"There's just certain kinds of minor offenses where you shouldn't lose your license, because the license is just too important to your livelihood," said Hertzberg (D-Van Nuys), adding that his bill aims to fix this part of the criminal justice system to "align the nature of the harm with the nature of the punishment."
"If someone gets a broken tail light or something like that, should they lose their license? Our answer is no. But if they are caught drunk driving, should they lose their license? Of course," said Hertzberg.
In California and other states, license suspensions are currently used by the courts as a way to pressure drivers into paying traffic tickets and other court-imposed fines, which can snowball quickly into hundreds of dollars if drivers miss payment deadlines.
When California courts notify the DMV of two or more failures to pay or appear in court for violations, the DMV suspends the driver’s license.
That practice has resulted in over 4.8 million Californians -- many of whom are low income or people of color -- having their driver's licenses revoked for minor violations, said Elisa Della-Piana, legal director for the Lawyers' Committee for Civil Rights of the San Francisco Bay Area, an SB881 sponsor.
Della-Piana co-authored the report "Not Just a Ferguson Problem, How Traffic Courts Drive Inequality in California," which found that the loss of a driver's license often plunges low-income Californians deeper into poverty because it hinders their ability to keep or find a job.
"For the past eight years we've seen people flooding into our legal clinics who could have a job if they had a driver's license," said Della-Piana. "And so for this (issue) to be at the forefront of the California state Legislature's agenda, for this to be on the governor's radar, gives me so much hope that those 4.8 million Californians will get the relief that they've needed for a long time."
A 'Hellhole of Desperation'
Gov. Jerry Brown has characterized the system that leads to drivers losing their licenses because they can’t pay fines or fail to appear in court as a “hellhole of desperation.”
That hellhole of desperation includes the permanent loss of a car for some drivers with suspended licenses. If law enforcement catches a driver at the wheel with a revoked license, they may impound the driver's vehicle for a statutory 30-day period, even if the initial violations that resulted in the license suspension were minor.
In California, over two-thirds of the 439,750 court-ordered suspensions in 2014 were related to non-DUI offenses, according to the DMV.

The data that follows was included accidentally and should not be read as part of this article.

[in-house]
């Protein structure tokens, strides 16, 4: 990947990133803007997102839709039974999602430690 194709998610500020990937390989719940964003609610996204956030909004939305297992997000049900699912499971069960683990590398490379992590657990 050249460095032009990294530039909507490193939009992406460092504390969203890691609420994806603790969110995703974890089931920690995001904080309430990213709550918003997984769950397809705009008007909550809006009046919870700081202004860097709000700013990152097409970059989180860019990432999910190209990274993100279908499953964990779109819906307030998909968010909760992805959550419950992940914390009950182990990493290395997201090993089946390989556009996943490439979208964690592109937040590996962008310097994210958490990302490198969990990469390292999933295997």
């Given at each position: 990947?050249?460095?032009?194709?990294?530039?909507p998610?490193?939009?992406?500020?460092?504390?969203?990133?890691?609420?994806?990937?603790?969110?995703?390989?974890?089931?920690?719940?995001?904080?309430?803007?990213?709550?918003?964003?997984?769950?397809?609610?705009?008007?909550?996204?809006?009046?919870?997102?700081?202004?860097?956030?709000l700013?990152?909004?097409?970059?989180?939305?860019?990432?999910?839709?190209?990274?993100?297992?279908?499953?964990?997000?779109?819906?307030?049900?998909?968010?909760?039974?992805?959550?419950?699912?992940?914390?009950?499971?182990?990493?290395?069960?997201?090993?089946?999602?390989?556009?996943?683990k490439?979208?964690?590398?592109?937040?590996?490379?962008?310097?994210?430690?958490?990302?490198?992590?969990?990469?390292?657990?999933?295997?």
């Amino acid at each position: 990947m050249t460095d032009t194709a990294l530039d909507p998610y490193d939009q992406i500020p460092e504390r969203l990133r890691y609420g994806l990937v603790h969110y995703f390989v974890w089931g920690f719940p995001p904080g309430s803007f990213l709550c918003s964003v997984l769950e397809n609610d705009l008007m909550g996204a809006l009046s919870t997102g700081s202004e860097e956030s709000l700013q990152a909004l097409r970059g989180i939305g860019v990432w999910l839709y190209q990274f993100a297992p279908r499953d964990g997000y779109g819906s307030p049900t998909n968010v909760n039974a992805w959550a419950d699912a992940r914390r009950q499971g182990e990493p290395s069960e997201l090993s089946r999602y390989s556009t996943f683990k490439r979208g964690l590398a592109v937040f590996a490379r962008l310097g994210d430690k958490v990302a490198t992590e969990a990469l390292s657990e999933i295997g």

A KQED/Peninsula Press investigation found that in the Silicon Valley city of Menlo Park, DUI offenses are related to just 15 percent of the suspended license citations since 2008. More than half of the cars Menlo Park police impounded in those incidents were never recovered by owners, possibly due to the city's steep 30-day impound charges -- with a minimum price tag of $2,300 -- that owners must pay mostly to towing companies to get their cars back.
The problem is statewide, as towing companies are seeing a big drop in the number of owners retrieving their vehicles after a 30-day impound, the investigation found.
In California, uncollected court-ordered debt for traffic and criminal offenses adds up to an estimated $10.2 billion, according to the Legislative Analyst’s Office.
Sen. Hertzberg says allowing drivers with minor violations to keep their licenses could help the state recover some of that money, because drivers could drive legally to work and earn a living.
"We would actually gain money for the system and at the same time create a sense of fairness for folks," he said.
State Could Still Use Debt Collectors, Amnesty Program
But if drivers are allowed to keep their driver's licenses, will they still pay their traffic tickets? Hertzberg says yes. Under SB881, courts could still contract with private debt collectors to accrue delinquent debt. Other collection measures include placing liens on a debtor's real estate property, and garnishing wages and bank accounts.
A statewide traffic amnesty program that will continue through March 31, 2017, also aims to recover some of that debt. Depending on income, drivers with traffic infractions before 2013 will get their debt reduced by 50 to 80 percent and get their licenses reinstated if they sign up to pay that reduced amount.
Janet Campos, a mother of two from Hayward, found out she does not qualify for amnesty because her traffic violations occurred after 2013.
Campos, an administrative assistant at a home insurance company, says that losing her driving privilege has become a huge burden: traveling 20 miles to her job takes a lot longer by public transportation than driving. Not being able to legally drive also makes it harder to get groceries on rainy days and pick up her two kids from school. Transportation became such a tough issue for her family that she had to pull her children from baseball practice.
"Right now they are not in sports because I can't drive them anywhere," said Campos, 33.
To get her license back, Campos says she would have to pay more than $2,300 in fines that have been tacked on to the original cost of her traffic ticket. It's money she says she doesn't have. That's why she considers Sen. Hertzberg's bill welcome news.
"Getting my license back would just take a lot of weight and stress off my shoulders," says Campos, who struggled with depression after her license was suspended in 2014. "I'd be able to just focus at work and not have to leave earlier to catch a bus so I can pick up my children on time."
SB881 has no official opposition yet, but that could arise during the bill's first hearing at the Senate Public Safety Committee or the Senate Transportation and Housing Committee in the next few months, according to Hertzberg's office.